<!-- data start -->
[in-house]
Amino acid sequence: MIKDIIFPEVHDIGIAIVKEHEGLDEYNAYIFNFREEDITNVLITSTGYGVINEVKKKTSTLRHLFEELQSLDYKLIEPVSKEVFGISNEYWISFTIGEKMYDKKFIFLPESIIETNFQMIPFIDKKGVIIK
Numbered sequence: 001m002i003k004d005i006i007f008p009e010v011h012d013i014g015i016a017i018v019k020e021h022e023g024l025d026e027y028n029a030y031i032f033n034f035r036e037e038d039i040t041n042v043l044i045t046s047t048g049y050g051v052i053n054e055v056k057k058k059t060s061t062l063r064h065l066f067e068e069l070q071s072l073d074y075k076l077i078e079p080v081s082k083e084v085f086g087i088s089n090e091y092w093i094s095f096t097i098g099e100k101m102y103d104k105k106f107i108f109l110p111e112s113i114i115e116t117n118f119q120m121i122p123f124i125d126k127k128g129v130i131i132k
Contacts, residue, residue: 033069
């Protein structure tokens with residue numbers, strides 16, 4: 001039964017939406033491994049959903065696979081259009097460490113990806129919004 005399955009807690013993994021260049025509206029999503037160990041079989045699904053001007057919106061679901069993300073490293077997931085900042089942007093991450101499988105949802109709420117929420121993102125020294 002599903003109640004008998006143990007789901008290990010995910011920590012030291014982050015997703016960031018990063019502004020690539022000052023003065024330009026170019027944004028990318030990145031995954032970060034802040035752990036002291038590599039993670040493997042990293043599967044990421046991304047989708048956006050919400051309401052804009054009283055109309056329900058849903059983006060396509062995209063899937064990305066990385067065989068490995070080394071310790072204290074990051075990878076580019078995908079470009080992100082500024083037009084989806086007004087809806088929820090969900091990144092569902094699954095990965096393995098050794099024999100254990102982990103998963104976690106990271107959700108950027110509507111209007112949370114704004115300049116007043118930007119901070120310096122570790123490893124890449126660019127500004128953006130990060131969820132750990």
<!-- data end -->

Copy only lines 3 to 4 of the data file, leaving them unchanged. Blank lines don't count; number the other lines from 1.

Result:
Numbered sequence: 001m002i003k004d005i006i007f008p009e010v011h012d013i014g015i016a017i018v019k020e021h022e023g024l025d026e027y028n029a030y031i032f033n034f035r036e037e038d039i040t041n042v043l044i045t046s047t048g049y050g051v052i053n054e055v056k057k058k059t060s061t062l063r064h065l066f067e068e069l070q071s072l073d074y075k076l077i078e079p080v081s082k083e084v085f086g087i088s089n090e091y092w093i094s095f096t097i098g099e100k101m102y103d104k105k106f107i108f109l110p111e112s113i114i115e116t117n118f119q120m121i122p123f124i125d126k127k128g129v130i131i132k
Contacts, residue, residue: 033069